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electrons

  1. High Energy Regions in Radiation Belt Around Earth Speed Up Electrons to Nearly the Speed of Light

    We knew there was radiation out there, but we didn't realize it was basically a nitrous booster for subatomic particles

    We've got good news for anyone who's ever dreamed of taking a trip to CERN to see how a giant particle accelerator operates -- you can save yourself a plane ticket. As it turns out, the Earth itself is surrounded by a radiation belt that contains regions of energy that act like particle accelerators

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  2. These Are Pictures of Electron Orbitals

    What's the new in hot, hot physics eye-candy? Pictures of electron orbitals. Using an atomic force microscope (AFM), physicists have been able to take the closest look at atomic structure that we've ever seen, getting down as far as electron orbitals. Now, what you see above are pictures of the places around the nucleli of the atoms where electrons are most likely to be. Where are the actual electrons? Well, I'm no scientographist, but allow me to explain to the best of my ability.

    You can't actually get a depiction of any actual electrons because they are never actually in any single point-location. You see, electrons straddle the line between particle and wave, so you can find the probability that an electron exists in a given place, but not the actual electron. The models you probably learned in school are a bit oversimplified in order to avoid having to explain that you can never really isolate a single electron (or because your textbooks were from the early 60s).

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  3. Diamonds Are A Quantum Computer's Best Friend

    Quantum computing is a new and exciting field, emerging from the ability to utilize quantum mechanics to create computers that can perform complex operations on data. Scientists have been making progress developing quantum computers and they know what is required to make such a system. Though they have developed working systems, scientists still believe that no existing machine has reached the full potential of quantum computing. The trend in quantum computing research is shifting away from proof-of-principle and focusing on trying to make a better way to control quantum bits (qubits) to perform operations. New research described in papers in Nature Physics by a team from the Center for Spintronics and Quantum Computation at the University of California, Santa Barbara and Physical Letters Review by a team from the Department of NanoBiophotonics at the Max Planck Institute for Biophysical Chemistry in Germany has found that impure diamonds may be an effective architecture for quantum computing.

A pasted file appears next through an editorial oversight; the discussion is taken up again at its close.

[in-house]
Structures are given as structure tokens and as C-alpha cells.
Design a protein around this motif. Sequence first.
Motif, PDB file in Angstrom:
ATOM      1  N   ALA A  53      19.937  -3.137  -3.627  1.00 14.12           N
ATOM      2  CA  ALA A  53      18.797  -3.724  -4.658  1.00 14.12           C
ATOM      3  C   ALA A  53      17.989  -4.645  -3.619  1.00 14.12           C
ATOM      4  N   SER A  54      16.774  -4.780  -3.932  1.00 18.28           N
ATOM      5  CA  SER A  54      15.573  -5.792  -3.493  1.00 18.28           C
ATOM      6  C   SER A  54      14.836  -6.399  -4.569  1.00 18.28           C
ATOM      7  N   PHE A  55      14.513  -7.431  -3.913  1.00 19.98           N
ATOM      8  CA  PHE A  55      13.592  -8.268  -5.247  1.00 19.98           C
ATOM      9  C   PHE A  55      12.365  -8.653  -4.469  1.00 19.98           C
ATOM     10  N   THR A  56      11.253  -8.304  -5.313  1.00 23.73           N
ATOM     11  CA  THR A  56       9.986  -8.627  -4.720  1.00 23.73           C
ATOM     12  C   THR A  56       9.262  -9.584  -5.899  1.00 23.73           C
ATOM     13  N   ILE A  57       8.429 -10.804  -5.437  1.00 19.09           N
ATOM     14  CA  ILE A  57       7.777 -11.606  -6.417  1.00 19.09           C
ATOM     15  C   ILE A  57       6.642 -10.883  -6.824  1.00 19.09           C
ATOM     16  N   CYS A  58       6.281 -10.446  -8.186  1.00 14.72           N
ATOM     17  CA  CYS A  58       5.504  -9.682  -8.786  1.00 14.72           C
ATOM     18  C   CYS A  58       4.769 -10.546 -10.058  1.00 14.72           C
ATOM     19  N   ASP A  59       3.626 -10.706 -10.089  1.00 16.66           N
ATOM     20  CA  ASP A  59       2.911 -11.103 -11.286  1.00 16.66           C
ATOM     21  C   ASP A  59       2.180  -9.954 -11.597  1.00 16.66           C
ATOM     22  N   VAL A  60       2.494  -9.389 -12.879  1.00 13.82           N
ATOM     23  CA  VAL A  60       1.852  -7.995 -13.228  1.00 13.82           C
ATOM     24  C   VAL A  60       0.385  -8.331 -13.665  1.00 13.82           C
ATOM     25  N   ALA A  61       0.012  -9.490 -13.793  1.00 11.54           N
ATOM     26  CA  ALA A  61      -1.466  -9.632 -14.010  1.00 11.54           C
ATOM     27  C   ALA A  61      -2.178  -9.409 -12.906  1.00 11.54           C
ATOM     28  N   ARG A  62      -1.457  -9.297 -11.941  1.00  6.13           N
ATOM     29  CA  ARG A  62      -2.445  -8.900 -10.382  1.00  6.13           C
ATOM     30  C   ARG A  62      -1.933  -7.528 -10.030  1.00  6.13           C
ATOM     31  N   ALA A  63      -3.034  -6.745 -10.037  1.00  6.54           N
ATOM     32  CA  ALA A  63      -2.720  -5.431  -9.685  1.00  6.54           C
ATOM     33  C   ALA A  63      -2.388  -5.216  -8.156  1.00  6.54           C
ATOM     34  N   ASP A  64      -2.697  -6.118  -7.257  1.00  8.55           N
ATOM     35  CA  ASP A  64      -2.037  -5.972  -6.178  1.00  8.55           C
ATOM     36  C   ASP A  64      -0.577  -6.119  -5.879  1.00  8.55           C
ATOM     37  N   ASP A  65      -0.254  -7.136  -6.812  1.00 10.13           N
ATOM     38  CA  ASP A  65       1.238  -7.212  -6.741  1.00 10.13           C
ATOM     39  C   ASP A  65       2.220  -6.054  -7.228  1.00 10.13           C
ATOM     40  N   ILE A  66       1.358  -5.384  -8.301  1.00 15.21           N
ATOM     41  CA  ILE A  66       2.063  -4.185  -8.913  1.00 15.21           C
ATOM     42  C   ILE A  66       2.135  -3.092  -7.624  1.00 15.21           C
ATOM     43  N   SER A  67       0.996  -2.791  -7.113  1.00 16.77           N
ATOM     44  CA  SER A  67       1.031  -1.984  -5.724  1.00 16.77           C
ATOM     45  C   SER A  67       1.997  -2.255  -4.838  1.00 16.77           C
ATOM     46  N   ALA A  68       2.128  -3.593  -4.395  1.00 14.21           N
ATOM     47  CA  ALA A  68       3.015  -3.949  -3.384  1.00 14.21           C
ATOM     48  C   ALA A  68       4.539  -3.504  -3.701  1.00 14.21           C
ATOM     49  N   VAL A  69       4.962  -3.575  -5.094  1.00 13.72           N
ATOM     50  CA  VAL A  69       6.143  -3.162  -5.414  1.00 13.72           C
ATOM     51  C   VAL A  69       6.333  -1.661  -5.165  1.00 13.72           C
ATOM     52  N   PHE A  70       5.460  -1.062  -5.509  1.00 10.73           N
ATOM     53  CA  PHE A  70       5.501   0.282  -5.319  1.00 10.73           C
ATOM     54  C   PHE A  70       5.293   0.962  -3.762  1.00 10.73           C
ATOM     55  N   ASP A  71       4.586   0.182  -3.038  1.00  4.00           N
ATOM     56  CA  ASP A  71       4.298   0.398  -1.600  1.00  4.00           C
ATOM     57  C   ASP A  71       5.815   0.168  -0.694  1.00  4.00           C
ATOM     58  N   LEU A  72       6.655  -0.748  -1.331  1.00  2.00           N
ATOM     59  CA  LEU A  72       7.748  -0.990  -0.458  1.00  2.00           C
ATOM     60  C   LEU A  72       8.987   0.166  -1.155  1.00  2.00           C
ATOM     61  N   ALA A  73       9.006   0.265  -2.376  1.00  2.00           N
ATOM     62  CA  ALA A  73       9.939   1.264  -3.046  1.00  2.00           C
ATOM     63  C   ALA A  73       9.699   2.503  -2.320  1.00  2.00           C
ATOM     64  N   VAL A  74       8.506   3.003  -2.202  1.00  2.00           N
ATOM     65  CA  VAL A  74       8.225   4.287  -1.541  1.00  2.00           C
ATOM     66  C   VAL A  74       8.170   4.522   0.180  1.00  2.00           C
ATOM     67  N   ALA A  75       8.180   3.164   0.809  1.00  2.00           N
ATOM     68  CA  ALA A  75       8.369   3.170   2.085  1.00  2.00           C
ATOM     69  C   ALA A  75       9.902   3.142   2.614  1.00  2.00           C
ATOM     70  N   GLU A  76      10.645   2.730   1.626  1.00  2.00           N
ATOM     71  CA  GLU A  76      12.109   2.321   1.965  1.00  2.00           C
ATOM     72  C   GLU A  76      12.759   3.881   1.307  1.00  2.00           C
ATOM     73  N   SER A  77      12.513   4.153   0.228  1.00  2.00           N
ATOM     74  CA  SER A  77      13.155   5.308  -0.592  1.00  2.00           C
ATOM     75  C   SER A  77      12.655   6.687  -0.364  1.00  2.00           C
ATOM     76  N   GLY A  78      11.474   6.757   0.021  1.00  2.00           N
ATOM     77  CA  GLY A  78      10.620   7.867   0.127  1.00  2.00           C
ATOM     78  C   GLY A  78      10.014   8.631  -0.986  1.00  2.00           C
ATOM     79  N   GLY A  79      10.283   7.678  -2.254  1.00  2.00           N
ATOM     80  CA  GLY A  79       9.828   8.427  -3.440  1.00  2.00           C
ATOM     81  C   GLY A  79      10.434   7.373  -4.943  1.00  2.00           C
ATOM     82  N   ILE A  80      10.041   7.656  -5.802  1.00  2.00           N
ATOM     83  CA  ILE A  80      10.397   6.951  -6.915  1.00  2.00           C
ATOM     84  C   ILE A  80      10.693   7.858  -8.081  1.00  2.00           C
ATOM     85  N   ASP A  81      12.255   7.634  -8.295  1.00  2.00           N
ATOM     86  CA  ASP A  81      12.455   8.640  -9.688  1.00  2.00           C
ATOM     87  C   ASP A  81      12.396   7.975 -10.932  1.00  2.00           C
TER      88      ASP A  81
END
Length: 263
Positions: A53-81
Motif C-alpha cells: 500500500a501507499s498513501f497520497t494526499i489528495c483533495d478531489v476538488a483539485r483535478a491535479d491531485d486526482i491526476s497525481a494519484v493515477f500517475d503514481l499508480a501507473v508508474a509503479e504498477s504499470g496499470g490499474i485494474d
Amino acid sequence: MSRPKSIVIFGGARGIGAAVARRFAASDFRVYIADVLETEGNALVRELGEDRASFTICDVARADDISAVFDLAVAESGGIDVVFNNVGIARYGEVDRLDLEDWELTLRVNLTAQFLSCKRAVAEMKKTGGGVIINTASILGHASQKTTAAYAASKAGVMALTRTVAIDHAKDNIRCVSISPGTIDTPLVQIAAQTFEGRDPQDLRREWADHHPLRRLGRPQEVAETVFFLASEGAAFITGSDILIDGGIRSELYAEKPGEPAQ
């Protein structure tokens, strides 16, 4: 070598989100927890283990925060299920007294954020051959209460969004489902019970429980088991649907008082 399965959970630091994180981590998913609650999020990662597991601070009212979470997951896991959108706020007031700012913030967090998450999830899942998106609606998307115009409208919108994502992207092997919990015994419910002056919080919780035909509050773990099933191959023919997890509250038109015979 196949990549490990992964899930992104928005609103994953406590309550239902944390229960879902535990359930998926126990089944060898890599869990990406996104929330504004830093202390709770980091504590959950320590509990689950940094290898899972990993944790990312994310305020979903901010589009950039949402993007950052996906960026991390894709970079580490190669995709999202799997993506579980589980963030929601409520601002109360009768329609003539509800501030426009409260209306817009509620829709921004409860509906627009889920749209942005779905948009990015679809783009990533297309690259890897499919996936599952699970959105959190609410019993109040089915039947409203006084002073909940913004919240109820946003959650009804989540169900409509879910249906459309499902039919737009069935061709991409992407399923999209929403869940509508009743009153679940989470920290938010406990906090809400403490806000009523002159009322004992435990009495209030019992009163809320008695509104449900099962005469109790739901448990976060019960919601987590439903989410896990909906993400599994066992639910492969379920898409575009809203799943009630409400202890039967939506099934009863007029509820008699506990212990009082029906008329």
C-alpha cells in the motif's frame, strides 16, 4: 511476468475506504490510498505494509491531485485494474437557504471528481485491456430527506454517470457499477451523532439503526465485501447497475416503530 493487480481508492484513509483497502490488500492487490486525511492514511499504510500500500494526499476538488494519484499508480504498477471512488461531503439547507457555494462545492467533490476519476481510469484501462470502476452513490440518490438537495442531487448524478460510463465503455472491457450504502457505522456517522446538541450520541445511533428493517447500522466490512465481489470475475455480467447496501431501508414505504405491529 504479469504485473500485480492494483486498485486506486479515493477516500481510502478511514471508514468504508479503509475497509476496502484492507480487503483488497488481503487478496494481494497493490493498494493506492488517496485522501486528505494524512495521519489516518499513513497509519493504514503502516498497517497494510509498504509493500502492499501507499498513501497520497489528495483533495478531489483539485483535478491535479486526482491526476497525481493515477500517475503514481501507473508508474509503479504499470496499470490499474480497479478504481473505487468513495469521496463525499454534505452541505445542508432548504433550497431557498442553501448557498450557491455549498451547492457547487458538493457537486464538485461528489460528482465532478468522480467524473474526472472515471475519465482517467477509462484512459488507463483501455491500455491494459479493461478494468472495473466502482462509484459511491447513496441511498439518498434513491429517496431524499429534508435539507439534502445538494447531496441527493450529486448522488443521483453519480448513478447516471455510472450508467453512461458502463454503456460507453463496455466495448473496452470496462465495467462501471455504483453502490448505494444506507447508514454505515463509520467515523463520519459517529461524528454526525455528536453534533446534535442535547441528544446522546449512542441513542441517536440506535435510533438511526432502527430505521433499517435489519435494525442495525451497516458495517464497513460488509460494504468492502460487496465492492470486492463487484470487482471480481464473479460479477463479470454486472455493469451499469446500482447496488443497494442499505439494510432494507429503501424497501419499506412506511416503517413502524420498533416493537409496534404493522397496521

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  4. Study: Electrons are Really, Really Spherical

    A new report shows that electrons are, in fact, quite spherical. According to the findings from a team at Imperial College, electrons appear to be within 0.000000000000000000000000001 cm of being perfectly spheres, which is actually the margin of error of the equipment used to take the measurement. If that figure were accurate, and reflected the actual shape of the electron, it's hard to imagine the context. For that, from Wired:

    To put that in context; if an electron was the size of the solar system, it would be out from being perfectly round by less than the width of a human hair.
    To determine the roundness of electrons, scientists observed the subatomic particles with lasers, looking for any wobbling as the electrons spun. The degree of the wobble would indicate the degree to which electrons were not spherical. No wobbling was observed, forcing the researchers to conclude that as far as their instruments were concerned, electrons are perfect spheres. Of course, no scientist can ever be satisfied, and the team is planning on backing up their research with new experiments derived from recent work done with antimatter. In forthcoming experiments, molecules will chilled to extremely low temperatures in order to greater control the movement of electrons. Hopefully, the team can take even more accurate measurements and add a few more zeros behind that decimal point. (Wired via BoingBoing)

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